Monday, June 18, 2012

June 18. June is National Papaya month

June 18 is National Cherry Tart Day, International Picnic Day and International Sushi Day
1865 Edmund Ruffin died. He was a pioneer in the study of soil chemistry in the U.S.
1892 Macadamia nuts were first planted in Hawaii.
1897 Juliet Corson died. Librarian, cookery teacher and writer, founder of the New York Cooking School in 1876. Her books include 'Cooking Manual' (1877), 'Twenty-five Cent Dinners for Families of Six' (1878), and 'Miss Corson's Practical American Cookery' (1886).
1898 Atlantic City, NJ opened its Steel Pier (boardwalk). The world-famous Steel Pier had 9 miles of food, beverages, concessions, amusements, concerts, etc. Ed McMahon, of the Johnny Carson Show and Publisher's Clearing House fame, was a barker on the pier in his youth..
1913 Robert Mondavi was born. A leading Napa Valley vintner.
1964 The African Groundnut Council was founded in Dakar.
1993 So-called 'killer bees,' Africanized honey bees, have reached Tucson, Arizona; a small dog was killed from a bee attack. Their original source was Brazil, where African bees were imported for experimental cross breeding.

This day in food history had nothing that tickled my fancy to investigate and post about.  Besides daily acknowledgements of food history, routinely each month as specific designations.  In reviewing the options for June, I discovered that June is National Papaya Month.  Since I am a Midwest girl, I did not experience the papaya fruit until I left the Midwest, left the Navy, and moved to South Florida.  Even now, in Connecticut, the papaya is mostly integrated into our everyday cuisine.  So, why not now, I thought I would learn about papaya.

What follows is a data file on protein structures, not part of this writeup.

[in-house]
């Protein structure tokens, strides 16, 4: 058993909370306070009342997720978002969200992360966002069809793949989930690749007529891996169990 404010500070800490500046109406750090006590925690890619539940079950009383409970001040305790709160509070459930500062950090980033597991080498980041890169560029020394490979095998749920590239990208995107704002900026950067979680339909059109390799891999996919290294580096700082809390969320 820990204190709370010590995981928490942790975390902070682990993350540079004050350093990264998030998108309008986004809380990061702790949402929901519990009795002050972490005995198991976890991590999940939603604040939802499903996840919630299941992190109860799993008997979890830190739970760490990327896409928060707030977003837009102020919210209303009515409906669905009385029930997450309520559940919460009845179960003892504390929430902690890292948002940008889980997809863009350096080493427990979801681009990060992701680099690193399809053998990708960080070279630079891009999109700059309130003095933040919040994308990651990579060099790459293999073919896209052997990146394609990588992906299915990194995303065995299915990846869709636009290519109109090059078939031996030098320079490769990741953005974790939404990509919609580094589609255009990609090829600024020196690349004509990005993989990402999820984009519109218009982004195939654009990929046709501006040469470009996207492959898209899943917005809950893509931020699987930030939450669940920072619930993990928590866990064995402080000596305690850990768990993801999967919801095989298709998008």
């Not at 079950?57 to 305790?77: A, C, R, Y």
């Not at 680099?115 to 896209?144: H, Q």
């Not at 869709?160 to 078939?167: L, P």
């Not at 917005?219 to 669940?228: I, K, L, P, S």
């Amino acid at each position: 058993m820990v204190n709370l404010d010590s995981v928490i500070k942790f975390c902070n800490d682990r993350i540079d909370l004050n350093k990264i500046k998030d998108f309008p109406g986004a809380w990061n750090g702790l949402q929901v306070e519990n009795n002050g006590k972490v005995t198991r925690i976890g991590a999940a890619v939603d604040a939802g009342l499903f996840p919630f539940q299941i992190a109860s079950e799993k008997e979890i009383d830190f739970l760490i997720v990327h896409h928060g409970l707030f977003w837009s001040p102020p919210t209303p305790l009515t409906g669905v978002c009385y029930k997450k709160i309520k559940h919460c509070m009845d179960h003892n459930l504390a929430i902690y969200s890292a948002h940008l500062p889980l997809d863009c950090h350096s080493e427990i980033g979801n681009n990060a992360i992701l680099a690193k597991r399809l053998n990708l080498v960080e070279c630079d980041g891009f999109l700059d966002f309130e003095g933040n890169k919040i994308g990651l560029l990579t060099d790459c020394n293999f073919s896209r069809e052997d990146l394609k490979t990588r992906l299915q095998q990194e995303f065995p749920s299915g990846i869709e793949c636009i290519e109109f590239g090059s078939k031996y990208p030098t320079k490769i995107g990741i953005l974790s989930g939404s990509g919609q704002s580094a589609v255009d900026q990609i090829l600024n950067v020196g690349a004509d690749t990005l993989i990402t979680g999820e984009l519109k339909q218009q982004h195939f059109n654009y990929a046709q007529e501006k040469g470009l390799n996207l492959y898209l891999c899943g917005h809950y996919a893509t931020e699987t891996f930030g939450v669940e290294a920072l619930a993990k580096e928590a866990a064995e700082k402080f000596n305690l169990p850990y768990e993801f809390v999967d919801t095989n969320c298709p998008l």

Papaya is believed to be native to southern Mexico and neighboring Central America. It is now present in every tropical and subtropical country.  Papayas have exacting climate requirements for vigorous growth and fruit production, requiring warmth throughout the year and will be damaged by light frosts. Brief exposure to 32° F is damaging and prolonged cold without overhead sprinkling will kill the plants. Cold, wet soil is almost always lethal. Cool temperatures will also alter fruit flavor. Papayas make excellent container and greenhouse specimens where soil moisture and temperature can be moderated.